A US court has ruled that data stored by American companies on foreign servers, is not subject to extraterritorial protection, and is still subject to American law. The entire world's online privacy is at stake. Here's how
Another data privacy war is brewing in the United States. The country is on the verge of changing archaic laws from the pre-internet era. All this, as the world’s economic superpower struggles to accept an administrative change, one that is almost imperialistic in nature and has managed to alarm not just its own citizens, but that of the entire world.
"We are all in for a serious breach of our privacy"
In the midst of this uncertain and politically unstable environment, a U.S. Magistrate Judge from Philadelphia, Thomas Rueter, has ruled that transferring emails from foreign servers, so that the FBI can access them, does not qualify as seizure. The FBI warrant seeks to access data from Google’s servers based outside of the United States. If the ruling is upheld by higher courts, it is feared that it would imply to all American tech companies in the future, including the likes of Facebook and Microsoft. If that happens, we are all in for a serious breach of our privacy. How?
Well, the judge asserted that such data is part of a domestic fraud probe and there is "no meaningful interference" with the account holder's "possessory interest" in the data sought. "Though the retrieval of the electronic data by Google from its multiple data centers abroad has the potential for an invasion of privacy, the actual infringement of privacy occurs at the time of disclosure in the United States," Rueter wrote.
U.S. law does not work outside the country
This ruling seeks to broaden the very scope of U.S. jurisdiction, creating a large privacy loophole as far as user data is concerned. A similar warrant was overturned back in July 2016, when a federal appeals court ruled in favour of Microsoft, saying that U.S. based companies cannot be forced to turnover customer emails that are stored on servers outside the country. The U.S. Circuit court asserted the fact that U.S. law does not work outside the country.
Google plans to quote the Microsoft ruling as its defense in an appeal. "The magistrate in this case departed from precedent, and we plan to appeal the decision. We will continue to push back on overbroad warrants," the Mountain View tech giant noted in a statement. But, things won’t be so simple for Google, while the future of other such companies also hangs in the balance.
Data, the most coveted commodity in the digital world, is stored on hundreds of server farms across the world. These data farms house thousands of servers, which are in turn linked together. Each time you and I send a Facebook message, share a post, send an email through services like Gmail, hotmail, upload filed on a cloud-based drive, our data goes to these servers, where it is stored and/or distributed to its intended destination. Sometimes companies like Google, Facebook and Microsoft also use end-to-end encryption (E2E) for their services, in which case user data is protected by private keys that are generated and stored on the communicating users’ devices, and not even the companies themselves can unscramble or decrypt that data. Some examples of E2E encryption include Facebook owned WhatsApp, Messenger’s Secret Conversations and Google Allo’s optional incognito messages.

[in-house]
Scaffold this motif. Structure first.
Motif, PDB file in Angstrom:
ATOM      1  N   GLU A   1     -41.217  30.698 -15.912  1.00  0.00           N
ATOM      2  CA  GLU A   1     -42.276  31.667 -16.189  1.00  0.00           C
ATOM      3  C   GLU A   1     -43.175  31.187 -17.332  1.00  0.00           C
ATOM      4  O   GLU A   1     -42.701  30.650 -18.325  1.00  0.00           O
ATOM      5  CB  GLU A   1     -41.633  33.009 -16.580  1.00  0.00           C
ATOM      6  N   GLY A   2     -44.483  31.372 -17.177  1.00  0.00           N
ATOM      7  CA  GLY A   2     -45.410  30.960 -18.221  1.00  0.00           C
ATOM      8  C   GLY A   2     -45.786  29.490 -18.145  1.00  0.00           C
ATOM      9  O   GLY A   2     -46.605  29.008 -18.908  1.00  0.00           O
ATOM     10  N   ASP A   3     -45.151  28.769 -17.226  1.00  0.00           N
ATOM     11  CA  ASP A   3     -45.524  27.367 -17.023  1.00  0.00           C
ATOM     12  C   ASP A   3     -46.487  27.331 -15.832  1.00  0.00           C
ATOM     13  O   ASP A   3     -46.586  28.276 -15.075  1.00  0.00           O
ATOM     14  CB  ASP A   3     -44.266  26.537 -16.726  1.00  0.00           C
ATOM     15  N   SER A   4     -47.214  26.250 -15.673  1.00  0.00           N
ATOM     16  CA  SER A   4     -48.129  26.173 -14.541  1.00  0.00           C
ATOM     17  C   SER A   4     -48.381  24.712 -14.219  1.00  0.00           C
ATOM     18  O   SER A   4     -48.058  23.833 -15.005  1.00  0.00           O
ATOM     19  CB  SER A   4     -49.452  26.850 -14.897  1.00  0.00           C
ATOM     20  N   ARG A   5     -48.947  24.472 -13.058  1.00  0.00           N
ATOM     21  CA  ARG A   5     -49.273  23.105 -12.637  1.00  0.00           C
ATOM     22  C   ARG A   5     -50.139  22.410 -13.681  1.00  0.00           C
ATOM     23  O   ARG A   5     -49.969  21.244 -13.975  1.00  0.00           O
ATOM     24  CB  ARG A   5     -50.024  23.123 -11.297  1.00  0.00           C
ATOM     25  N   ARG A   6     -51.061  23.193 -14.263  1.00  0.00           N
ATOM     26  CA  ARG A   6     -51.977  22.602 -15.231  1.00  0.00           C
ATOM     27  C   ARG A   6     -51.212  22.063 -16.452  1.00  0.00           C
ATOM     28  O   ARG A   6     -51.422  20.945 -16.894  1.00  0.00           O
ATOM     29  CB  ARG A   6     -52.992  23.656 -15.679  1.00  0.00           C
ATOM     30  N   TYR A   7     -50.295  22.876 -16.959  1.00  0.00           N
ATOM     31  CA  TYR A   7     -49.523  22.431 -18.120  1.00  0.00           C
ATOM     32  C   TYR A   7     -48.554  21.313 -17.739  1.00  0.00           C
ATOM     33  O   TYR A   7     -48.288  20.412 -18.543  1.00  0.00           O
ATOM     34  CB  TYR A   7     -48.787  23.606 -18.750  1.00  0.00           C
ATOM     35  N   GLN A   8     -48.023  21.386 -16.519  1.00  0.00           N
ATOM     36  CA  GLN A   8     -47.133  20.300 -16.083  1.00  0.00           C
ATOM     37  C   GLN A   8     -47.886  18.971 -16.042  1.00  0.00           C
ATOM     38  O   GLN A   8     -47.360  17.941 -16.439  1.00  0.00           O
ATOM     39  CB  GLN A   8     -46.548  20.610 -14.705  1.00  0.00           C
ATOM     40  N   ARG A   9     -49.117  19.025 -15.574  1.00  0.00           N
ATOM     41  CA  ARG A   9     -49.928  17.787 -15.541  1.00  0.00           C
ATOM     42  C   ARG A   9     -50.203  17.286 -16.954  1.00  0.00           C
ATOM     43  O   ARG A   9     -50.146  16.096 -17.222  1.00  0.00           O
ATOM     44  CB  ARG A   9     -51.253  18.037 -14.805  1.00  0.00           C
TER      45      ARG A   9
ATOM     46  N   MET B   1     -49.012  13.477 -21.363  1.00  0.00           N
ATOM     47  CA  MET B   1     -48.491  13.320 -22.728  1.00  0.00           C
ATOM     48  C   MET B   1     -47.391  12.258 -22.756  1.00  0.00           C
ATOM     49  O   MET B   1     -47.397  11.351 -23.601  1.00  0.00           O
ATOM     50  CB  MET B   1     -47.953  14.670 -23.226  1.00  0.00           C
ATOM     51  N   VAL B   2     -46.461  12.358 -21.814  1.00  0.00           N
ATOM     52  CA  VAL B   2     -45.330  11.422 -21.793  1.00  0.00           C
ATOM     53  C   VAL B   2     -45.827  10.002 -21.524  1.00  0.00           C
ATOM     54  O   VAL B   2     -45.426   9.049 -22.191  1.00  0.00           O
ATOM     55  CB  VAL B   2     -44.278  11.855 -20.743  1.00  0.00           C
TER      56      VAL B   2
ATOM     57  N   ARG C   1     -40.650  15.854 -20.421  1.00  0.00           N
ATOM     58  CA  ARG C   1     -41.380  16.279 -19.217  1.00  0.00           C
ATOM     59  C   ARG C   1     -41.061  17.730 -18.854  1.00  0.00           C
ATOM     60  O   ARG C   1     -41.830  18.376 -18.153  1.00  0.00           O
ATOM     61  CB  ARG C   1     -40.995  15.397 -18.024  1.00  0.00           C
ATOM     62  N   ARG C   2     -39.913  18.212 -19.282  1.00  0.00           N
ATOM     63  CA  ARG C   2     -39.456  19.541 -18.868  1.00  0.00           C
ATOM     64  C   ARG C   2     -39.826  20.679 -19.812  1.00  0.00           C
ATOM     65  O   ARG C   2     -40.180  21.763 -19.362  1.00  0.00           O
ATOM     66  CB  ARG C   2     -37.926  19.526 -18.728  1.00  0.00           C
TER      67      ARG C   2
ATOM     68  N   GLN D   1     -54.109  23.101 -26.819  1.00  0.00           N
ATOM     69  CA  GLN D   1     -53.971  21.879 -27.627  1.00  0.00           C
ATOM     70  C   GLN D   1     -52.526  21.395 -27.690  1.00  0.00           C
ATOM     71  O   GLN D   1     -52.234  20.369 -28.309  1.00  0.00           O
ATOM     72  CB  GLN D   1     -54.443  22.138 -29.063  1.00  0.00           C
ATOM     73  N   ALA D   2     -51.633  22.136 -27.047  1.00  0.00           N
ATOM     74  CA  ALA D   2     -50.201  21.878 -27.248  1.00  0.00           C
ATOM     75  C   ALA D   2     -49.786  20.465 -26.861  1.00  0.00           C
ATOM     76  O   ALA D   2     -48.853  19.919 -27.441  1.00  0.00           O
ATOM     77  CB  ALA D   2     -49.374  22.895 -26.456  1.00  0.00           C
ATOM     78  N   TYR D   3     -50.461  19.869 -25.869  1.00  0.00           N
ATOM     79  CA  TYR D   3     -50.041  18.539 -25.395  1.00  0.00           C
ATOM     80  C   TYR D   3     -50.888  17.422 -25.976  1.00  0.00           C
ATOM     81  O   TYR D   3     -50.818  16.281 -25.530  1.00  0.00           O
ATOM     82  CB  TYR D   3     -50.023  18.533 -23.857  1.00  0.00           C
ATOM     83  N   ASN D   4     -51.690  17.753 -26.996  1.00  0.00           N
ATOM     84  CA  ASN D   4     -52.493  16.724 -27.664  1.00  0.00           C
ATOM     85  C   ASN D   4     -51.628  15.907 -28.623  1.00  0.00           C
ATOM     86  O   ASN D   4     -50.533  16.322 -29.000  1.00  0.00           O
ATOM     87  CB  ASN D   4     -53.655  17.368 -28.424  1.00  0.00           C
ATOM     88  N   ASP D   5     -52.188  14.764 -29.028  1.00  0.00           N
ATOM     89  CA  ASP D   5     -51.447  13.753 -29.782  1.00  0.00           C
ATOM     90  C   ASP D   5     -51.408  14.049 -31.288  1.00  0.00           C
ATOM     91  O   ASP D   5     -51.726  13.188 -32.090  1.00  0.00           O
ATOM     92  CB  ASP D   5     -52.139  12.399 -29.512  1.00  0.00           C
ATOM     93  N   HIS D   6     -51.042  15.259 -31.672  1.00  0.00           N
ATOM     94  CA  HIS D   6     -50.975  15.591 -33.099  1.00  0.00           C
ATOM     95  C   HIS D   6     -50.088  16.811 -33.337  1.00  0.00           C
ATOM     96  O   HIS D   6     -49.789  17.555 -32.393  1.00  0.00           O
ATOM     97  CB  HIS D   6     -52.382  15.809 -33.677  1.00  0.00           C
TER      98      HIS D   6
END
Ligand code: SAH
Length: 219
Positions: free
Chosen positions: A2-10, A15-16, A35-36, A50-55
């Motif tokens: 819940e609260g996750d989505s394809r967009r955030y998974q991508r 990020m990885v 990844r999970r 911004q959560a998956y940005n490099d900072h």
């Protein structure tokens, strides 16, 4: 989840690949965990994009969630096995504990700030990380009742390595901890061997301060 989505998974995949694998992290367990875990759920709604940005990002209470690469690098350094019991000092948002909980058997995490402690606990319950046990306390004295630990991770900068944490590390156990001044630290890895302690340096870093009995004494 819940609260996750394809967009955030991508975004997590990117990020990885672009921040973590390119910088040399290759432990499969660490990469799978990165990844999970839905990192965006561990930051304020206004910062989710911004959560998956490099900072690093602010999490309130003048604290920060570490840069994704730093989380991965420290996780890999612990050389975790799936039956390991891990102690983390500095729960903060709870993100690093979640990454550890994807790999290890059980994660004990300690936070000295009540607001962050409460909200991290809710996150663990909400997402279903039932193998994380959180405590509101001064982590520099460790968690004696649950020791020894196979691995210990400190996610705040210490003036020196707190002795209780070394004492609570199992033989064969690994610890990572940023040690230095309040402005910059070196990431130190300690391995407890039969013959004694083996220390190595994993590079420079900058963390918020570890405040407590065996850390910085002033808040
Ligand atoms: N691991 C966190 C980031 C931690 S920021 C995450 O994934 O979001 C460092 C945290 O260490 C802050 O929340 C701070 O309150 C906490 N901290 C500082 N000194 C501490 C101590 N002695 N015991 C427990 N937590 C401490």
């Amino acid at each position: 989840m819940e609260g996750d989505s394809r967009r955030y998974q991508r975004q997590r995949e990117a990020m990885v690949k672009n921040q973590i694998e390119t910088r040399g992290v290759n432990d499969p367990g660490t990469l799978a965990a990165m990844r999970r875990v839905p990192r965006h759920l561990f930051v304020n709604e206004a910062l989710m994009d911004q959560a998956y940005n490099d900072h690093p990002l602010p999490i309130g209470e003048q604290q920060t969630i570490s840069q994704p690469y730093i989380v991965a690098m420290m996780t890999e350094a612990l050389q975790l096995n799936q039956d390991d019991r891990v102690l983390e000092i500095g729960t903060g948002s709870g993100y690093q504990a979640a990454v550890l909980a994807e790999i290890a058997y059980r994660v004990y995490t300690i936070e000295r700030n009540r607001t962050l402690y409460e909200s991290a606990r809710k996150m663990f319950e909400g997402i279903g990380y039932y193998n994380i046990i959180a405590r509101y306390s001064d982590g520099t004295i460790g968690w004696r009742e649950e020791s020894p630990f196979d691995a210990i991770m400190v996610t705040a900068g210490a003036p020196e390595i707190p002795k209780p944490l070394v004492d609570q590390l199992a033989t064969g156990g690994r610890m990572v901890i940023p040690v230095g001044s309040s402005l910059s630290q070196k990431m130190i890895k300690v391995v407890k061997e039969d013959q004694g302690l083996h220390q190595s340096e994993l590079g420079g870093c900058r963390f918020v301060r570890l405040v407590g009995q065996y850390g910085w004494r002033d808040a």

"The act itself was established in 1986, three years before the invention of the World Wide Web"
For a long time now, the Stored Communications Act (SCA) in the U.S. has allowed law enforcement authorities to access user data by presenting warrants. However, the SCA does not apply extraterritorially. It should also be noted that the act itself was established in 1986, three years before the invention of the World Wide Web, a time when cloud-based services were unheard of and webmail did not exist.
Another redundant law known as the Electronic Communications Privacy Act (ECPA) allows U.S. law enforcement to access any stored files without a warrant, if such files are left on a server for more than 180 days. The rationale behind this is that if online communications are stored beyond a period of 180 days, they are considered abandoned and thus do not fall under the purview of privacy. The ECPA, like the SCA was also established back in 1986. U.S. lawmakers are trying to replace this archaic act, with The Email Privacy Act, which universally requires warrants for any access to stored files. This Email Privacy Bill received an approval from the U.S. House of Representatives as recently as two days ago and is awaiting the Senate, and ultimately the Presiden't approval.
The clock is ticking for the U.S. Congress to reform these age-old acts, given President Trump’s stronghold on the Justice Department. The Trump administration is expected to be pro-surveillance and if reforms are not made any time soon, people like us will have no choice but to accept the fact that if we use US based online services, our private and confidential data can be accessed without our consent at any given moment.
In case of Google, the company itself claims that it sometimes breaks up information into pieces, and does not necessarily know where that data is stored. Google receives over 25,000 requests annually from U.S. authorities to disclose private user information in criminal matters. There is no clarity on how this privacy debate will shape up in the US, but one thing is for sure, it will affect us all. One can either expect a widened scope of domestic warrants in the U.S., endangering the privacy of millions of internet users, or a push towards localisation of data stored by U.S. companies, resulting in a similar catastrophe, not to forget, some upturned international relationships. Let’s seriously hope they find a middle path.
Header Image Courtesy: The Economist
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